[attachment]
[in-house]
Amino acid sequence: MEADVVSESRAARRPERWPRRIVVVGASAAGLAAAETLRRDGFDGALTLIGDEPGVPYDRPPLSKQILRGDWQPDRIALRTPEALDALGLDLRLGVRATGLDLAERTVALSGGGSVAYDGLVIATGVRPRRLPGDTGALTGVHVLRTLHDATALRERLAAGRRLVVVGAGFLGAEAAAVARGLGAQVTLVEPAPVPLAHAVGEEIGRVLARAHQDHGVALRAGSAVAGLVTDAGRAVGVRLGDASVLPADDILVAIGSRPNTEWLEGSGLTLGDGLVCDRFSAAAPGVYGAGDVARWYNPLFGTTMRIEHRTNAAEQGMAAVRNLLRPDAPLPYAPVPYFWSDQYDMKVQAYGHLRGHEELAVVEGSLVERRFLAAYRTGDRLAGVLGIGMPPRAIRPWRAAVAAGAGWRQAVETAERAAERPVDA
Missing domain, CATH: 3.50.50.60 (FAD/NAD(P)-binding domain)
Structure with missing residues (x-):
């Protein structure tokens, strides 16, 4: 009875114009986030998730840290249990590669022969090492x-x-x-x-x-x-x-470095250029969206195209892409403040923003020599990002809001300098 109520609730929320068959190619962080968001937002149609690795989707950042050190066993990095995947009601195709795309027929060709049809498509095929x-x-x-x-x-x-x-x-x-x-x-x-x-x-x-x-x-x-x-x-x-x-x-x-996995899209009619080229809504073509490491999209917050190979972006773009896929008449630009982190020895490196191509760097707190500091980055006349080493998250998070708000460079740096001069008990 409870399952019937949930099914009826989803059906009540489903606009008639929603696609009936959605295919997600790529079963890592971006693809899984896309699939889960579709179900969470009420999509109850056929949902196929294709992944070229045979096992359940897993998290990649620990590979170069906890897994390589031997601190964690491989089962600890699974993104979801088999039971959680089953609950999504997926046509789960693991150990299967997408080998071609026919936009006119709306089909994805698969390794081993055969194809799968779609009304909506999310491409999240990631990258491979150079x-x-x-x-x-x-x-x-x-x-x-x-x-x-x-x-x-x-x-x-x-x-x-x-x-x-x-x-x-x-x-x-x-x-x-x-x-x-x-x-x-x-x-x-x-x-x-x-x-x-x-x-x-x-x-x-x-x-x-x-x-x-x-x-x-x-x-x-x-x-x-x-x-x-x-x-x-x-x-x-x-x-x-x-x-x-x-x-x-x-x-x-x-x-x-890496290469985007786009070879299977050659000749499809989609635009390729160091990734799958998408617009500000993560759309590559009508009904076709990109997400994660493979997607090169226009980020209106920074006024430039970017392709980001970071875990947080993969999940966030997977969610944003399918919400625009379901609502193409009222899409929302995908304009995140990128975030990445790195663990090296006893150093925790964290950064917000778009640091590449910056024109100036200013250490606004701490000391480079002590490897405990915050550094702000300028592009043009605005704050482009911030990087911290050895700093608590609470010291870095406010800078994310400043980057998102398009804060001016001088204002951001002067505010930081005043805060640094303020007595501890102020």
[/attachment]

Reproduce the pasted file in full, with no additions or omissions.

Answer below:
[in-house]
Amino acid sequence: MEADVVSESRAARRPERWPRRIVVVGASAAGLAAAETLRRDGFDGALTLIGDEPGVPYDRPPLSKQILRGDWQPDRIALRTPEALDALGLDLRLGVRATGLDLAERTVALSGGGSVAYDGLVIATGVRPRRLPGDTGALTGVHVLRTLHDATALRERLAAGRRLVVVGAGFLGAEAAAVARGLGAQVTLVEPAPVPLAHAVGEEIGRVLARAHQDHGVALRAGSAVAGLVTDAGRAVGVRLGDASVLPADDILVAIGSRPNTEWLEGSGLTLGDGLVCDRFSAAAPGVYGAGDVARWYNPLFGTTMRIEHRTNAAEQGMAAVRNLLRPDAPLPYAPVPYFWSDQYDMKVQAYGHLRGHEELAVVEGSLVERRFLAAYRTGDRLAGVLGIGMPPRAIRPWRAAVAAGAGWRQAVETAERAAERPVDA
Missing domain, CATH: 3.50.50.60 (FAD/NAD(P)-binding domain)
Structure with missing residues (x-):
């Protein structure tokens, strides 16, 4: 009875114009986030998730840290249990590669022969090492x-x-x-x-x-x-x-470095250029969206195209892409403040923003020599990002809001300098 109520609730929320068959190619962080968001937002149609690795989707950042050190066993990095995947009601195709795309027929060709049809498509095929x-x-x-x-x-x-x-x-x-x-x-x-x-x-x-x-x-x-x-x-x-x-x-x-996995899209009619080229809504073509490491999209917050190979972006773009896929008449630009982190020895490196191509760097707190500091980055006349080493998250998070708000460079740096001069008990 409870399952019937949930099914009826989803059906009540489903606009008639929603696609009936959605295919997600790529079963890592971006693809899984896309699939889960579709179900969470009420999509109850056929949902196929294709992944070229045979096992359940897993998290990649620990590979170069906890897994390589031997601190964690491989089962600890699974993104979801088999039971959680089953609950999504997926046509789960693991150990299967997408080998071609026919936009006119709306089909994805698969390794081993055969194809799968779609009304909506999310491409999240990631990258491979150079x-x-x-x-x-x-x-x-x-x-x-x-x-x-x-x-x-x-x-x-x-x-x-x-x-x-x-x-x-x-x-x-x-x-x-x-x-x-x-x-x-x-x-x-x-x-x-x-x-x-x-x-x-x-x-x-x-x-x-x-x-x-x-x-x-x-x-x-x-x-x-x-x-x-x-x-x-x-x-x-x-x-x-x-x-x-x-x-x-x-x-x-x-x-x-890496290469985007786009070879299977050659000749499809989609635009390729160091990734799958998408617009500000993560759309590559009508009904076709990109997400994660493979997607090169226009980020209106920074006024430039970017392709980001970071875990947080993969999940966030997977969610944003399918919400625009379901609502193409009222899409929302995908304009995140990128975030990445790195663990090296006893150093925790964290950064917000778009640091590449910056024109100036200013250490606004701490000391480079002590490897405990915050550094702000300028592009043009605005704050482009911030990087911290050895700093608590609470010291870095406010800078994310400043980057998102398009804060001016001088204002951001002067505010930081005043805060640094303020007595501890102020």